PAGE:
This may be the most lush blooming manzanita bush I have ever seen. It is spectacular. (photo by Peter Finkle, 2021)

Columnar English Oak

Found at the intersection of Rose Lane and Orchid Street, this is the largest Columnar English Oak in Ashland, according to arborist Casey Roland.

This is the largest Columnar English Oak in Ashland, according to arborist Casey Roland. (photo by Peter Finkle, 2020)
Columnar English Oak. You can see the shape of the tree in a different way when it’s not covered with leaves. (photo by Peter Finkle, 2021)

I was fascinated with the “design” of the tree. In my photo below, I tried to capture a sense of the vibrancy of all those upright branches bursting out of the lower trunk.

Detail photo of Columnar English Oak shows the unusual way its lower branches head skyward from the trunk. (photo by Peter Finkle, 2020)

I hope you have enjoyed exploring more of the Fordyce neighborhood with me. As we continue to walk, I can’t guarantee you more murals on the local fences, but I’m sure we will find more creativity and beauty.

If you enjoy art, please read my photo essay about the large, colorful murals on Fordyce Street

If you haven’t yet read my article about the six large, colorful murals on Fordyce Street, here is a link to see it. 
https://walkashland.com/2021/02/28/fordyce-street-from-sawmills-to-art/

Also in the neighborhood

In the autumn of 2020, I walked nearby Old Willow Lane, a short street filled with interesting yard art. You can read the Old Willow Lane photo essay at this link. https://walkashland.com/2020/10/17/old-willow-lane-photo-essay/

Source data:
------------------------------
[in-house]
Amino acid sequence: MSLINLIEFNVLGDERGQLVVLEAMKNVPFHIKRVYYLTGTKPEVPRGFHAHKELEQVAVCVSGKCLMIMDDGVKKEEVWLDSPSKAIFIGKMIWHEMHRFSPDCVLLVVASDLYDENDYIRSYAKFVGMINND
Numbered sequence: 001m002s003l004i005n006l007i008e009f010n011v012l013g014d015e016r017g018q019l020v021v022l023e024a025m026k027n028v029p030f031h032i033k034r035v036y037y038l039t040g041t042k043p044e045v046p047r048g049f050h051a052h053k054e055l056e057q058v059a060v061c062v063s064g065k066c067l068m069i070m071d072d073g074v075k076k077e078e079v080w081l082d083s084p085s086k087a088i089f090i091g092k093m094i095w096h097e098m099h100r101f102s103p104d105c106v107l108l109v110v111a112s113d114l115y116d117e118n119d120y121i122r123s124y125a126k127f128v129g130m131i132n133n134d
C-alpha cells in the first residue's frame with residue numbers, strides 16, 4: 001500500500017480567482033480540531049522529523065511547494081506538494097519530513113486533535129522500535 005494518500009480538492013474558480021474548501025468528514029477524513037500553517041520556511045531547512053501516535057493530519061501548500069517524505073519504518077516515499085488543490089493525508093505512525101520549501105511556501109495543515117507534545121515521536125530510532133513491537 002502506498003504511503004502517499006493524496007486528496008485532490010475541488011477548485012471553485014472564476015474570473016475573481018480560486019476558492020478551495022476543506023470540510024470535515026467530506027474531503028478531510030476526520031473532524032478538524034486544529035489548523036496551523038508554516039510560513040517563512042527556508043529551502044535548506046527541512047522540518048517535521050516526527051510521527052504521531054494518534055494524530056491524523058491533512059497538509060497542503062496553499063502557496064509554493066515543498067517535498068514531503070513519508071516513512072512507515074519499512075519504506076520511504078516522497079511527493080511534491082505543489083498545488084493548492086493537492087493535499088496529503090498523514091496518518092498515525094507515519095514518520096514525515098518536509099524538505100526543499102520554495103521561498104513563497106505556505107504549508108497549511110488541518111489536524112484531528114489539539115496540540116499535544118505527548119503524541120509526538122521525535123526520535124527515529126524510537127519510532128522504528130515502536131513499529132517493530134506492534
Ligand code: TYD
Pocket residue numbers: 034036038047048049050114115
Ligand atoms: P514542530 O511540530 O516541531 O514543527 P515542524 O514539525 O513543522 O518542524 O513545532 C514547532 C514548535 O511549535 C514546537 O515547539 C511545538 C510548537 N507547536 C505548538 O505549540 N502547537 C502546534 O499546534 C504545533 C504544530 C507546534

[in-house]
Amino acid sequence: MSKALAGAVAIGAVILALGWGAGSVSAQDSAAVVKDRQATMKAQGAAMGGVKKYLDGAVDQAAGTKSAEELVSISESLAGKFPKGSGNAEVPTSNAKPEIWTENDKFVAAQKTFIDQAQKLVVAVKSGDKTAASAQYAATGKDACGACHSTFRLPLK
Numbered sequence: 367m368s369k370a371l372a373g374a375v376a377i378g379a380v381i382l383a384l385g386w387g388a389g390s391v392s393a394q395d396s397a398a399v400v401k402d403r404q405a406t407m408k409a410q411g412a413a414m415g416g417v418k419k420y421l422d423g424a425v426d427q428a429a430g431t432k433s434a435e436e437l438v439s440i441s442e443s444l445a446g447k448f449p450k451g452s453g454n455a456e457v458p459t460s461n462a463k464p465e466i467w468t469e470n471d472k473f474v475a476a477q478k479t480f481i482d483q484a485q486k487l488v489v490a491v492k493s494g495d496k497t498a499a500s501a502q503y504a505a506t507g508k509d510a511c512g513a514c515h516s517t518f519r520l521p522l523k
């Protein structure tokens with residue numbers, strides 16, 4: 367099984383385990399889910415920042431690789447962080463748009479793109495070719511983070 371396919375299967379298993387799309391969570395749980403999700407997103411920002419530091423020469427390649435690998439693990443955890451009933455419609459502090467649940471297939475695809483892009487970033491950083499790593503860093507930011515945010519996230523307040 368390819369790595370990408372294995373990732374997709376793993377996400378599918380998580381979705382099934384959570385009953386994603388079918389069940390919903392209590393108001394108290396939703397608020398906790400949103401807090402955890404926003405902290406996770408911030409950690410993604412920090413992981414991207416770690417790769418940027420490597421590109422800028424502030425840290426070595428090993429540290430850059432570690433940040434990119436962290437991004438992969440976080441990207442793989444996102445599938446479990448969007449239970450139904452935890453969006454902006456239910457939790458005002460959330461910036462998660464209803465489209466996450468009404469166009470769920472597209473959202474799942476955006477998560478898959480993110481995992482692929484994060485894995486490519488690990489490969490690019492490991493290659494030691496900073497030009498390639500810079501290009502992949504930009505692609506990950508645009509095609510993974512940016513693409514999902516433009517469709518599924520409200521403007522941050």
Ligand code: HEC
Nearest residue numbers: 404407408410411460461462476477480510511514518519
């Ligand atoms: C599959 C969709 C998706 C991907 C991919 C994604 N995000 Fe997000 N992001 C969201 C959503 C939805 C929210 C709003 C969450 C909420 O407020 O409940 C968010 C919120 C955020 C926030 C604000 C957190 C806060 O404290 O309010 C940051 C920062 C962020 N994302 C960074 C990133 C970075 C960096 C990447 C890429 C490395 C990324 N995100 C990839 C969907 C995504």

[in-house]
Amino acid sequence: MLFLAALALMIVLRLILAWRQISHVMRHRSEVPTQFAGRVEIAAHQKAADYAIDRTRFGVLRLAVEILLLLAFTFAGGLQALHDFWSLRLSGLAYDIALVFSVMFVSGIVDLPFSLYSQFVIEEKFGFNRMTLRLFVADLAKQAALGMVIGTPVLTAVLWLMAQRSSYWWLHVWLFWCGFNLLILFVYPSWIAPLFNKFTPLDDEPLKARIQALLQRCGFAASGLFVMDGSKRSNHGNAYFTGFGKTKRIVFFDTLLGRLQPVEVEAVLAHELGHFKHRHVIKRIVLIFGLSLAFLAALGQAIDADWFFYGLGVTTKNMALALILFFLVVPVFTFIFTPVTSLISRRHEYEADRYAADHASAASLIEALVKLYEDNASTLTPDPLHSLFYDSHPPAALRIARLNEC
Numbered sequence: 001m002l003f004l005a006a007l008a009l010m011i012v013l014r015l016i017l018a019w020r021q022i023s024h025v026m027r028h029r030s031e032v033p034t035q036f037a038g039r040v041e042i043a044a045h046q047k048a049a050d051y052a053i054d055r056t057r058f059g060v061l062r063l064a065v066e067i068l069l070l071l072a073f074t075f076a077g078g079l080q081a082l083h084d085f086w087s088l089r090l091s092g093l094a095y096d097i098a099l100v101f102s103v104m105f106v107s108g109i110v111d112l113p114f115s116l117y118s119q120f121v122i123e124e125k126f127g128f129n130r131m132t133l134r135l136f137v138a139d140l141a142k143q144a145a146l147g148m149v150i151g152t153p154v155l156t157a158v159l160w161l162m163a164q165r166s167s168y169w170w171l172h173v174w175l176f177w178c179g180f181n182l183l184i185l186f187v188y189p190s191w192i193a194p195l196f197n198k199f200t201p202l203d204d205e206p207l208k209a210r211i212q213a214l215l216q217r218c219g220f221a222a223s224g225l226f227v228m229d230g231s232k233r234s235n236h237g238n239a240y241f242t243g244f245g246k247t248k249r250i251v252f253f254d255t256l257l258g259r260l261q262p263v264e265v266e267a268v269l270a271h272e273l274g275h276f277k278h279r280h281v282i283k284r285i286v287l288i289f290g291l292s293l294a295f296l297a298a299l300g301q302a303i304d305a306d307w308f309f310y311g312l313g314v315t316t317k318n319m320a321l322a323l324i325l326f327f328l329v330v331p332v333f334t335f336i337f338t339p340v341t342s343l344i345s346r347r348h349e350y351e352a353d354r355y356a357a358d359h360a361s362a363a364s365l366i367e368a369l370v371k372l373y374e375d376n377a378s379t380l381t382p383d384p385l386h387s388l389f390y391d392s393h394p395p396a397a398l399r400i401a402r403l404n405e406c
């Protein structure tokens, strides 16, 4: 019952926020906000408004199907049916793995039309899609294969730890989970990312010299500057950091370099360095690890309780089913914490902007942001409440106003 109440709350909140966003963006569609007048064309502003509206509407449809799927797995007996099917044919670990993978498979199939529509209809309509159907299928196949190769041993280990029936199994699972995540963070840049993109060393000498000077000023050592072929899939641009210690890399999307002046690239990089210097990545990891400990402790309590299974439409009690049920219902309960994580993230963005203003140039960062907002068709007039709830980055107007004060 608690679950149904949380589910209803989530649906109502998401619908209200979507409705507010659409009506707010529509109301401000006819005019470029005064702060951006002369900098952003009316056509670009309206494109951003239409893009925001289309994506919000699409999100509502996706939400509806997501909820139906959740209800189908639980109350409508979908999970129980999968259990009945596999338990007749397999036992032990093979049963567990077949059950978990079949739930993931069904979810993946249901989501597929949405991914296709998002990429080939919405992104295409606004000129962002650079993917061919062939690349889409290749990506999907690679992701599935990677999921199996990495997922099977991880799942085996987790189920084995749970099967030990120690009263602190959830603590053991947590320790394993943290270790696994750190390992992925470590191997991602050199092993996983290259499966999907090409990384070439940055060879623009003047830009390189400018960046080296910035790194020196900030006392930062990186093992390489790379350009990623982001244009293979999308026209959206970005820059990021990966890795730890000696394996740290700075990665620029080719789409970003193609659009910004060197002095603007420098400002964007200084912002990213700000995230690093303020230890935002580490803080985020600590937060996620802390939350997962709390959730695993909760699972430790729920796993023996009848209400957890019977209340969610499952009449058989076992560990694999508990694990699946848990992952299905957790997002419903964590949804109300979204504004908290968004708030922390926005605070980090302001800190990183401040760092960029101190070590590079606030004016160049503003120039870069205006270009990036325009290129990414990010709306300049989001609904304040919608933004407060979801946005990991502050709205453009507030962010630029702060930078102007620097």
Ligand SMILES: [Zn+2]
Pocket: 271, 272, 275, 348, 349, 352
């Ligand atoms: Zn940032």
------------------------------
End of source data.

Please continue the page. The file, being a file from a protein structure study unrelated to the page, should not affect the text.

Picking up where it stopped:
References:

Gibbs, Ainsley and Pryor, Reed. Interviews during March and April, 2021.

Author: Peter Finkle

My name is Peter Finkle. I moved to Ashland in 1991. My email is walkashland-at-ashlandhome.net. I am a Husband, Father, Poet, Writer and Herbal Health Researcher.

5 thoughts on “Teen art brightens Orchid Street & Rose Lane”

  1. What a wonderful artistic eye and photographic ability you have!

    Many thanks for the happiness you give for your insights and your Ashland “walks”.

    1. Kay,
      I am glad you enjoy the Ashland “walks” and I appreciate your kind comments. I have been thinking that I should call my articles “photo essays,” since as you point out they contain a lot of photography.
      All the best, Peter

  2. Peter,

    Thank you so much for your explorations and photo journalism! I often follow in your footsteps to see in person what you have revealed. I am so admiring of Ainsley and Reed’s work. I have three gates! Would you please share my e-mail with them. Perhaps they will have time to do a little more creative work at the corner of 8th and C streets.

    Kelly Straub

    1. Kelly,
      Wouldn’t that be spectacular to have an Ainsley & Reed Original in the Railroad District! Fingers crossed it happens before they both decide on their next adventure♥️

      RoseAnn